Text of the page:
Songkhla zookeeper in spotlight over missing rare animals

Songkhla zookeeper in spotlight over missing rare animals

One of the two rare albino barking deer that went missing from Songkhla Zoo last February.
One of the two rare albino barking deer that went missing from Songkhla Zoo last February.

The Zoological Park Organisation of Thailand (ZPOT) is pursuing action against a zookeeper over exotic animals which have gone missing from Songkhla Zoo.

The news was revealed on Friday by a fact-finding committee appointed by the environment minister to explain the disappearance of two rare albino barking deer.

The case made headlines in October, when Suriya Saengpong, the director-general of ZPOT, was shot dead by a zoo veterinarian as he went to follow up on the case of the missing deer at Songkhla Zoo.

It was reported they had an argument, after which the vet sprayed bullets at Siriya and then took his own life, apparently because he was unhappy with the investigation.

The killing shed light on possible shenanigans at the zoo, where scores of exotic animals, including valuable exotic birds, two albino barking deer and a rhino horn have disappeared.

Two young albino barking deer vanished -- Khun Phum and Khun Phak, both descendants of barking deer that were gifted to the zoo by Her Majesty Queen Sirikit The Queen Mother.

The investigation found the missing animals might have been removed and sold.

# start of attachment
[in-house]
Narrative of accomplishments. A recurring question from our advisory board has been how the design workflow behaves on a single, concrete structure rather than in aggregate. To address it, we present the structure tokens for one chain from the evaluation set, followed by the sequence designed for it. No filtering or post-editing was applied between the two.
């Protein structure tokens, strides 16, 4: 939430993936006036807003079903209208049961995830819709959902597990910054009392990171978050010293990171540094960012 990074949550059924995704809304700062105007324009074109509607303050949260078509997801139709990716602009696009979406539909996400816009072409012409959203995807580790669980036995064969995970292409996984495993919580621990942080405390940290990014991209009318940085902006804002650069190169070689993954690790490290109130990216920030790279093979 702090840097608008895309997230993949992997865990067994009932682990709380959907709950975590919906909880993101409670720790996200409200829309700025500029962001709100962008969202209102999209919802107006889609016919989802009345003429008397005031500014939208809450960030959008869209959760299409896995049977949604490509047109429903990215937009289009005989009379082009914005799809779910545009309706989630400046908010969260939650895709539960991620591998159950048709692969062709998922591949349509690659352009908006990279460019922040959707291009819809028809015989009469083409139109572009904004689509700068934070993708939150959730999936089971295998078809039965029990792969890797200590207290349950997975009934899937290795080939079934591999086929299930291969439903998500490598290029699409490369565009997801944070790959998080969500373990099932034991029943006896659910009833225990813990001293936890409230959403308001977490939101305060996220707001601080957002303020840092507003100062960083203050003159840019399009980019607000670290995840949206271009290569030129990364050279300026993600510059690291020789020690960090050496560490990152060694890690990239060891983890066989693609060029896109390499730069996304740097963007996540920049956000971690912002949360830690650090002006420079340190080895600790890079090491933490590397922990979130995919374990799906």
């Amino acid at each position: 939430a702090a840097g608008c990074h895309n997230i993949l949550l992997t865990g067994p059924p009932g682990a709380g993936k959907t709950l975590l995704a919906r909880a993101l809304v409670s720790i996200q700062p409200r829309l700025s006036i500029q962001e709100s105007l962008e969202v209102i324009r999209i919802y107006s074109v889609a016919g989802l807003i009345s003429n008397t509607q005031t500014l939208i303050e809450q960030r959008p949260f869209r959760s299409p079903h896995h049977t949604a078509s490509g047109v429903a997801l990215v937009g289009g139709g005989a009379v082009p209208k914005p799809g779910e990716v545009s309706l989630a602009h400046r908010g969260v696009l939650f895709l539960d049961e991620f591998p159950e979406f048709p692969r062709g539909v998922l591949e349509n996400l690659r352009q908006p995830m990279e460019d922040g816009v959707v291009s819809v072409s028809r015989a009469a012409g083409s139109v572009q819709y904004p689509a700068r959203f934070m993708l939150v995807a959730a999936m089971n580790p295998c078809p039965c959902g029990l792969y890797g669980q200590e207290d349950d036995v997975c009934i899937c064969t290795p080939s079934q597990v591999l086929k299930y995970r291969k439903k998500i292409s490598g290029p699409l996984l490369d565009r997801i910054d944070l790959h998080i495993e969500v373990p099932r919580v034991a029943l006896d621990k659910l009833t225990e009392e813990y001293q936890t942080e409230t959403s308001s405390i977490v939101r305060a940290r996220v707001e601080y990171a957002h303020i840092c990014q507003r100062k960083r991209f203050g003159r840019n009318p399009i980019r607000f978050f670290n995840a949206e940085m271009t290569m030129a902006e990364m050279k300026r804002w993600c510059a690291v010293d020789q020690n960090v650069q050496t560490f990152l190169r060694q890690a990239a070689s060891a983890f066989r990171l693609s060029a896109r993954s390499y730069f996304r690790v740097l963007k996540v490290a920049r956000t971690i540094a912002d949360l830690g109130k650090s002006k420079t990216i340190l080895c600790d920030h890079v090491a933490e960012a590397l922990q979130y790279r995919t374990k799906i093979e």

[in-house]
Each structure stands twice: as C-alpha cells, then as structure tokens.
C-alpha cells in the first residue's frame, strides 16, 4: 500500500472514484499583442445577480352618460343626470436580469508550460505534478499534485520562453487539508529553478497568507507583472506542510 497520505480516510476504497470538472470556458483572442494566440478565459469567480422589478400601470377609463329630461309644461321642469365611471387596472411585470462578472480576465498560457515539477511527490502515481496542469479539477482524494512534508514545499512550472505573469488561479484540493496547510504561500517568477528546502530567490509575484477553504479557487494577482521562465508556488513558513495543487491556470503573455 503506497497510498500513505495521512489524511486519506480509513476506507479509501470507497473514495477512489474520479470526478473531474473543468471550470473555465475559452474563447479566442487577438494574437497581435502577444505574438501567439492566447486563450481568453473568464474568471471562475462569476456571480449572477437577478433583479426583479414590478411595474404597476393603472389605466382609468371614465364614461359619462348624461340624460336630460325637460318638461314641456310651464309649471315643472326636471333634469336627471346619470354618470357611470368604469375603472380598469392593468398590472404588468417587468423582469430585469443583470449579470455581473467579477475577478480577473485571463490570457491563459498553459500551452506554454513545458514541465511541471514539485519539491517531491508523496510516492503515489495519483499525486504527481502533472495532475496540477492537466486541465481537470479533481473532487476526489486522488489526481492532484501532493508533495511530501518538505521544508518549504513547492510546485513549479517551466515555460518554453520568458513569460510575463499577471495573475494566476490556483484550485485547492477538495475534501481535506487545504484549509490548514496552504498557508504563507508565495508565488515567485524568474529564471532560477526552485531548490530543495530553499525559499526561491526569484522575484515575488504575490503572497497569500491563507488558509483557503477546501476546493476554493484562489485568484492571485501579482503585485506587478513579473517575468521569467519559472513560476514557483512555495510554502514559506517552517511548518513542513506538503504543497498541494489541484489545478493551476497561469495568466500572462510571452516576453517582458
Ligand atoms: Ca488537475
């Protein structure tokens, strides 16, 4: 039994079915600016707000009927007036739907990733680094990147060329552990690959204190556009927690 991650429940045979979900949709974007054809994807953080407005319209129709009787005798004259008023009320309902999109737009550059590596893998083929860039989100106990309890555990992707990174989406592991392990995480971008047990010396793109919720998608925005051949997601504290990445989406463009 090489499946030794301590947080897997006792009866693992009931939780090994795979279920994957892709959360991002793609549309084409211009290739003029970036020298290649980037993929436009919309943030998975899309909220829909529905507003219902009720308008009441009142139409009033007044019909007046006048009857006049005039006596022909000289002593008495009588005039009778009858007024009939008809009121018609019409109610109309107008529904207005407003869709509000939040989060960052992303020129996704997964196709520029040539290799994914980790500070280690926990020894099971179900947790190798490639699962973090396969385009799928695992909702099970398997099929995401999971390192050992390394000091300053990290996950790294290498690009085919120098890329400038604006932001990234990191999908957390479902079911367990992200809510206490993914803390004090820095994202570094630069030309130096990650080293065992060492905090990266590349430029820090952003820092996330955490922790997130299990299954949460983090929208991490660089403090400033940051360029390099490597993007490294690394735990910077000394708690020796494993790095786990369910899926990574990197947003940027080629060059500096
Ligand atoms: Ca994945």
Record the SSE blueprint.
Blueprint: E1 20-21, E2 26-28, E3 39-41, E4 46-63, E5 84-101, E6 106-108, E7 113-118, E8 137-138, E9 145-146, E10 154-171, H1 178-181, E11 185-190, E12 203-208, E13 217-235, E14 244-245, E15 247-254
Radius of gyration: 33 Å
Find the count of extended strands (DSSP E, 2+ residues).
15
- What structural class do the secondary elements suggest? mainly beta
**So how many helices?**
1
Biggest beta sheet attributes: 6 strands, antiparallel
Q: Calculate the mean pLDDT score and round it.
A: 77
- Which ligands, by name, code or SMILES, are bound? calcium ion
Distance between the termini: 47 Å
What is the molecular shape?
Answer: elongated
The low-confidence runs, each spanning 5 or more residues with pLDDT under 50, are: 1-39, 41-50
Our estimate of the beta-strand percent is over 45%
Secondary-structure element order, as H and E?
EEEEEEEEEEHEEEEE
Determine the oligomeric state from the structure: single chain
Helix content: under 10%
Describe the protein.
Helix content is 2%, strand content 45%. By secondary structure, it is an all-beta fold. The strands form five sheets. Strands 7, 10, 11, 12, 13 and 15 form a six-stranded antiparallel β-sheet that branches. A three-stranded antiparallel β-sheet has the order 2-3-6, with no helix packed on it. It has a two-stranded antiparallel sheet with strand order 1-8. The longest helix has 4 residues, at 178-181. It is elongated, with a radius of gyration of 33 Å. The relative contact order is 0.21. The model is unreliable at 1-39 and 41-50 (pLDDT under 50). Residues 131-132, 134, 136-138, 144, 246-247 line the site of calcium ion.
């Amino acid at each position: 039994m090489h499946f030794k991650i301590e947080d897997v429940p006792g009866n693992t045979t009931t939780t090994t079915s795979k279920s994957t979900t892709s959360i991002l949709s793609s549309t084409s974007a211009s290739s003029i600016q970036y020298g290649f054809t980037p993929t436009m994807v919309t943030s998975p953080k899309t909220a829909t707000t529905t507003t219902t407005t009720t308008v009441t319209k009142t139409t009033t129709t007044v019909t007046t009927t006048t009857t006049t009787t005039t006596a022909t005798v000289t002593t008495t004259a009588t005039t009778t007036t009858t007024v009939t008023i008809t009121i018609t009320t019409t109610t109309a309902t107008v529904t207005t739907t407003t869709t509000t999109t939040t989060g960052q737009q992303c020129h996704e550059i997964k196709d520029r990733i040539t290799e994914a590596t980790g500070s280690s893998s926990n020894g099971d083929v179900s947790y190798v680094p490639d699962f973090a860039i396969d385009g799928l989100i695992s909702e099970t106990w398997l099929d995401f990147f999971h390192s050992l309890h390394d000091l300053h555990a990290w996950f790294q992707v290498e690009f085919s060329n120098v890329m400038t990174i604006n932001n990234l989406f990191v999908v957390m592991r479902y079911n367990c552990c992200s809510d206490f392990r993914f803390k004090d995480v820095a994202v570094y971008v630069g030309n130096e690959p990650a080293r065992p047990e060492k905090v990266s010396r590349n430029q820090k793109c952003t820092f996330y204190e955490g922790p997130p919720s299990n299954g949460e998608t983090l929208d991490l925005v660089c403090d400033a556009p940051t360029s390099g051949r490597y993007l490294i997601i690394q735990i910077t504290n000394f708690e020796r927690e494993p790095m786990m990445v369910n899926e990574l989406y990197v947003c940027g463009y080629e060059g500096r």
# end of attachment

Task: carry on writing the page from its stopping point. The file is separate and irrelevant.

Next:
The inquiry focused on one out of three zookeepers tasked with taking care of the missing animals.

"He is the chief suspect after checks were made on his background," said Jade Donavanik, a member of the fact-finding committee.

"The police will try to find out if anyone else was involved in smuggling the animals out."

Chalermchai Papata, head of the fact-finding committee, said yesterday that there was no trace of Khun Phum and it might have been stolen from the zoo.

However, DNA testing showed the other missing animal, Khun Phak, was eaten by a python because bones and teeth were found in a dead python and matched Khun Phak's DNA.

Apart from the suspected zookeeper, the former director of Songkhla Zoo is also under investigation, said Mr Jade, also a member of ZPOT's board. He has since resigned from his post.

The inquiry found the former zoo director did not do enough to track down the two missing albino barking deer after they went missing last February. It took another eight months for the zoo to lodge a complaint with police.

Mr Chalermchai said his committee had also asked ZPOT to conduct an inventory of zoo animals around the country, to prevent the trafficking of rare animals.

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